Is there life on Mars? We don’t know yet. If there is, it isn’t very big. In fact, if there’s (still) any life at all, it will be bacteria or something even more primitive and small. Whatever there is, it’s also not likely to be on the surface. That’s not because of the cold; it’s the radiation – specifically the ultraviolet (UV) radiation. That’s part of the results of an Italian study, led by researcher Giuseppe Galletta, University of Padua (Italy), which simulated Martian surface conditions and their effects on bacteria populations.
To conduct their experiments, the researchers built a special atmospheric chamber, which they dubbed LISA (an acronym for Italian Laboratory for Environmental Simulation). The LISA chamber(s) could be programmed to produce a variety of atmospheric pressures, humidity conditions, temperatures, and radiation (UV) levels. Various conditions that reflected known conditions on Mars were reproduced and various species of bacteria (as bacterial cells and as spores) were kept in the environments for different lengths of time. The samples were then tested for the ability to resume growth (in essence, come back to life when re-plated on a favorable growing surface).
As on Earth, bacteria can be very resistant to cold. When stressed, many kinds of bacteria produce an endosperm (spore) from which all water has been removed. These are particularly impervious to cold. Similarly, pressure change has little effect, nor does humidity (especially relative to the very cold temperatures). Conditions on Mars are relatively brutal, with temperatures running from 20C on the high end to -80C on the low end. There is little to no moisture available in the atmosphere or at the immediate surface. Pressure changes are by Earth standards abrupt and dramatic. However, individually the extremes had little impact on spores and even some of the living cells were able to survive.
Adding intense UV radiation to the mix of conditions was decisive. The intensity of unfiltered ultraviolet light that bombards the surface of Mars is unknown on Earth, and it is fatal for nearly all forms of bacteria. The combination of UV with some of the other conditions, especially cold, was usually fatal; however, some bacteria survived hours and one species survived 28 hours – a remarkable toughness.
Perhaps the key element of the study was the introduction of a coating of fine dust (simulated by volcanic powder and iron oxide). This is a condition that would be very common on Mars, where the global winds and massive storms carry dust clouds everywhere. It was found that even a very thin coating was sufficient to protect most bacteria species from UV radiation. This meant that even in today’s conditions, it is possible that bacteria may survive on Mars and may possibly revivify whenever enough warmth and moisture are available.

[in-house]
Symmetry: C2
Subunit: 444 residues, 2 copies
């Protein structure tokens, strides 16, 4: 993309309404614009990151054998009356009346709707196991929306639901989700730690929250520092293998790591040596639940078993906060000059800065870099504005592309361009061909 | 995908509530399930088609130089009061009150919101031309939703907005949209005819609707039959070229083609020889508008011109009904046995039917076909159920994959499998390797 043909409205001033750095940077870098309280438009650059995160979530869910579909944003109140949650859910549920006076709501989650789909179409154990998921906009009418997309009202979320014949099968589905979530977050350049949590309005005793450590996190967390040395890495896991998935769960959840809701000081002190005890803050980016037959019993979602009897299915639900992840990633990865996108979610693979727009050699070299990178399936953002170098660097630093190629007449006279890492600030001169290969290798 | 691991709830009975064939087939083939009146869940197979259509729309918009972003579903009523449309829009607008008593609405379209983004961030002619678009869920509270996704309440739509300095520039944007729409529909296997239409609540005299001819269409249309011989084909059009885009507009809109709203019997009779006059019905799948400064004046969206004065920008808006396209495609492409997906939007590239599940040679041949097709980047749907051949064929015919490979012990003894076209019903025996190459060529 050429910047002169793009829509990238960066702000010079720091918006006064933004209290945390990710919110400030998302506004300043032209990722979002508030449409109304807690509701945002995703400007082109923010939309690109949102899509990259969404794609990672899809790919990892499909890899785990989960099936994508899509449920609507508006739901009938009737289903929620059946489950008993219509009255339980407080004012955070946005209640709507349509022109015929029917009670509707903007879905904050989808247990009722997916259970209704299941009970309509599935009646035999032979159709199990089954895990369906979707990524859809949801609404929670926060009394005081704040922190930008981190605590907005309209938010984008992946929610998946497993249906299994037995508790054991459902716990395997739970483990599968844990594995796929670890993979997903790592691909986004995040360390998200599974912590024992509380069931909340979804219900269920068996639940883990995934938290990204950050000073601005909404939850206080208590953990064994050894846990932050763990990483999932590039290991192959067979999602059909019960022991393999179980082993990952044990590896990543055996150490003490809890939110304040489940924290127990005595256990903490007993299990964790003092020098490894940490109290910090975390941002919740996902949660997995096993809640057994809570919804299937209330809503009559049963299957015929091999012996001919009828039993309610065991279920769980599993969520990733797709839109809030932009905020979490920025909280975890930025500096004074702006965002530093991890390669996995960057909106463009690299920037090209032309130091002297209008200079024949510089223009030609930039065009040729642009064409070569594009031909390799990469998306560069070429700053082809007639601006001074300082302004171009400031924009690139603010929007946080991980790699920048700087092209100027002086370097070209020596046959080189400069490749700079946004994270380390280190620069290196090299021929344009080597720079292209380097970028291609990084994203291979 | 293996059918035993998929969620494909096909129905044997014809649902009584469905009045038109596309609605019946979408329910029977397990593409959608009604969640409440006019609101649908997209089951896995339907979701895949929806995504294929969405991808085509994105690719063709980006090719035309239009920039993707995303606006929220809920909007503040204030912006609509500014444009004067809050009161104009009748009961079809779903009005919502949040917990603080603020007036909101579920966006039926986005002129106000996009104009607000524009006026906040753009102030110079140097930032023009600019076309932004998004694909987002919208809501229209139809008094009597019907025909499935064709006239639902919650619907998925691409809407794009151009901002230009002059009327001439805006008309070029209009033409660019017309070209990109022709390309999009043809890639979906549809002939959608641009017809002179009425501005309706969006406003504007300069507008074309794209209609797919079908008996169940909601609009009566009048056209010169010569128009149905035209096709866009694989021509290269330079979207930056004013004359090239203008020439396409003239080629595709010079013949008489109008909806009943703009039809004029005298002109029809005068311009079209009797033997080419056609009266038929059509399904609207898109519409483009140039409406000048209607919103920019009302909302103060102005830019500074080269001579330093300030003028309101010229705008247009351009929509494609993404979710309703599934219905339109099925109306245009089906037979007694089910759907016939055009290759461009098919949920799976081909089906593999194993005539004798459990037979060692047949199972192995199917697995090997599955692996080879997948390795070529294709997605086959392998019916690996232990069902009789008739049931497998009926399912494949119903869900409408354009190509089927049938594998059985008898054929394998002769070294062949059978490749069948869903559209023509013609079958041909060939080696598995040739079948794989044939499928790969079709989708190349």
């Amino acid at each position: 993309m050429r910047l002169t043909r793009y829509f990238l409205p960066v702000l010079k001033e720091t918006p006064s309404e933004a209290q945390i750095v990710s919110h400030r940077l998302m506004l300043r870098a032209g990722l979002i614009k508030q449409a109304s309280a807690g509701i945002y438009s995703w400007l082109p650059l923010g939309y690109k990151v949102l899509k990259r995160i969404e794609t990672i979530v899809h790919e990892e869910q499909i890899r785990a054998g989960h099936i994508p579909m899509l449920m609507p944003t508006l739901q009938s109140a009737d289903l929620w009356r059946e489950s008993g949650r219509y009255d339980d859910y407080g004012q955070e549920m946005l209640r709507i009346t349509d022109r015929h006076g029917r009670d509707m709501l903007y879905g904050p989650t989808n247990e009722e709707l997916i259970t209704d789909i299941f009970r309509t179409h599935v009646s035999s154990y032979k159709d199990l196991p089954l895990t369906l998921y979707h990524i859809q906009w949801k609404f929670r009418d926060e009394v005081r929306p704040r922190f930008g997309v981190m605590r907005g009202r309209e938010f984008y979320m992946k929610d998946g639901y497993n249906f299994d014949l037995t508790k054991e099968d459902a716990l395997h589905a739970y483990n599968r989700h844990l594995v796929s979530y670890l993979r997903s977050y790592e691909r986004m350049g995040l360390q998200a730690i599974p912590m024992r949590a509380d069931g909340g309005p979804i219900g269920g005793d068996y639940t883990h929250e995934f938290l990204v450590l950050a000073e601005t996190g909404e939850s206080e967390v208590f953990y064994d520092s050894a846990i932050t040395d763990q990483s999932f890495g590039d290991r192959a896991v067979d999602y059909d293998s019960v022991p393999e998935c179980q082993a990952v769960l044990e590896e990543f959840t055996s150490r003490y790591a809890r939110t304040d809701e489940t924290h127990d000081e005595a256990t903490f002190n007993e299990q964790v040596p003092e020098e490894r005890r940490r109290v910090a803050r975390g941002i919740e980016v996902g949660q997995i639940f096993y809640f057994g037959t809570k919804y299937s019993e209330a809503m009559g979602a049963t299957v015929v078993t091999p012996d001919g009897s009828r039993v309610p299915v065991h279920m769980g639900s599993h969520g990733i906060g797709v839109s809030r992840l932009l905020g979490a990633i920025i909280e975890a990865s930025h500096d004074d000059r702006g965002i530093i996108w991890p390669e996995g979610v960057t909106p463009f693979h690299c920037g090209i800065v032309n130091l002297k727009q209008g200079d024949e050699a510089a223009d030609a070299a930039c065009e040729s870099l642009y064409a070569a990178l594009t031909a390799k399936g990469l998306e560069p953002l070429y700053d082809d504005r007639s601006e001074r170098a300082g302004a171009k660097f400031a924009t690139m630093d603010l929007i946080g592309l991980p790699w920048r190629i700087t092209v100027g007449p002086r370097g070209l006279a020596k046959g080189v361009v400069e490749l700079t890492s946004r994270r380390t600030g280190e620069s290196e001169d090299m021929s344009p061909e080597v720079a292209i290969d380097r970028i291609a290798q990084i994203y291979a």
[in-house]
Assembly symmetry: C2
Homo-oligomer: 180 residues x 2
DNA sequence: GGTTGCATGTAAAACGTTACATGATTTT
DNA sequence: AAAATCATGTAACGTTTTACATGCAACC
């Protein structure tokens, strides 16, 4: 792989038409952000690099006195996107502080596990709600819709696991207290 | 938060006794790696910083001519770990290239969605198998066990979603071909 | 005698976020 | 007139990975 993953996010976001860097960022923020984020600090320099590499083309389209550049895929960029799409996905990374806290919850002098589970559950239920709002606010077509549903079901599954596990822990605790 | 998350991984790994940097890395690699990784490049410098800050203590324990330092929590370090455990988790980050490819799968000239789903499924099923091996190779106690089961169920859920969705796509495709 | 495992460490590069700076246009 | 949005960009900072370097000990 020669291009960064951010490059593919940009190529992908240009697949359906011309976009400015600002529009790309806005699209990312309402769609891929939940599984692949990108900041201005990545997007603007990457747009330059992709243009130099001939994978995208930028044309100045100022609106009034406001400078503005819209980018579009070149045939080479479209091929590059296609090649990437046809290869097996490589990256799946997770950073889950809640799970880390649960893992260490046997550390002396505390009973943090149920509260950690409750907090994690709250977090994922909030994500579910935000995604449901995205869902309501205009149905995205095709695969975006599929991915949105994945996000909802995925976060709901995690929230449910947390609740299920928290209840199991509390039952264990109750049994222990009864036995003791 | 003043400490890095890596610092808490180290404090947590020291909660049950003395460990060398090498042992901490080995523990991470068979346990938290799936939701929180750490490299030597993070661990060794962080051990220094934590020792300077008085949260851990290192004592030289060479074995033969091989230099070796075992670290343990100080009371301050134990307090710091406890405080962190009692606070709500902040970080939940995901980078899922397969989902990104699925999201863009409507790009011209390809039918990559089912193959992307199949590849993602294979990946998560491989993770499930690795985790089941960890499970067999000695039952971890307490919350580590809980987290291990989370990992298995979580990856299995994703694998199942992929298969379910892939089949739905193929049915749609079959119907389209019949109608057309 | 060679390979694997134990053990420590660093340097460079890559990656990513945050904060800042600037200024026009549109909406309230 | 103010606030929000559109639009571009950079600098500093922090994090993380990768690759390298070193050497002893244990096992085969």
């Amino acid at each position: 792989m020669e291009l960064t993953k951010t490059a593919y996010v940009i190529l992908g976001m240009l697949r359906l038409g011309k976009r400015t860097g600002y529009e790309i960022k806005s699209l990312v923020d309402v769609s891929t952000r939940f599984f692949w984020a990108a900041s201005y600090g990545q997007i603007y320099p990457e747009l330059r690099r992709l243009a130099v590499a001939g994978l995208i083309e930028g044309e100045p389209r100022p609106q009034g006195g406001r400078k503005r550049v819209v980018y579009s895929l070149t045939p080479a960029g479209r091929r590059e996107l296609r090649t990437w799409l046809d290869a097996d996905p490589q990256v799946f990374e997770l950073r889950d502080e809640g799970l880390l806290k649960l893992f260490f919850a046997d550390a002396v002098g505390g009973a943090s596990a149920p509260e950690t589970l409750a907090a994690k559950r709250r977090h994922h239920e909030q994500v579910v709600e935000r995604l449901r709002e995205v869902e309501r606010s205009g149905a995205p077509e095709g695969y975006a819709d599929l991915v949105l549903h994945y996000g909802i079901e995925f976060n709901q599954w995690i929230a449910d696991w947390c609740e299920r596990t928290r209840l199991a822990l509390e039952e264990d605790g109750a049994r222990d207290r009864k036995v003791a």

The researchers were careful to point out that these are experiments with Earth microbes. There is no evidence for any bacteria on Mars, as yet. There is also no way to tell, without specimens, if Martian microbes are like those on Earth. If, as the hypothesis called panspermia is correct, then bacteria may have been wafted among the stars, moons, and planets on debris thrown out by meteorite impacts. In such a way, life could have migrated from Mars to Earth or vice versa. If so, then the types of bacteria – their molecular composition and DNA – should be similar, and tests like the Italians used should be valid. However, if life arose independently on Mars, there would be its own version of LUCA (Last Universal Common Ancestor). Such life might have substantially different biochemical composition – possibly one not even detectable by our earthly biological devices.
The Italian experiments are part of an ongoing research into the nature and living conditions of extremophiles, forms of life that exist under extreme conditions – in volcanic vents, under glaciers, at the bottom of oceans, and even inside rocks. In this case, the experiments relate to Mars; but in the broader picture what they discover, at least in the case of life forms with similar biochemical makeup to that of Earth, could be applicable to many other locations in our solar system, including the moons Io, Titan, Europa, and Enceladus.
Terrestrial lifeforms show a strong capability to adapt to very harsh environments and to survive even to strong shocks as those
derived from meteorite impacts. These findings increase the possibility to discover traces of life on a planet like Mars, that had past
conditions similar to the early Earth but now is similar to a very cold desert, irradiated by intense solar UV light.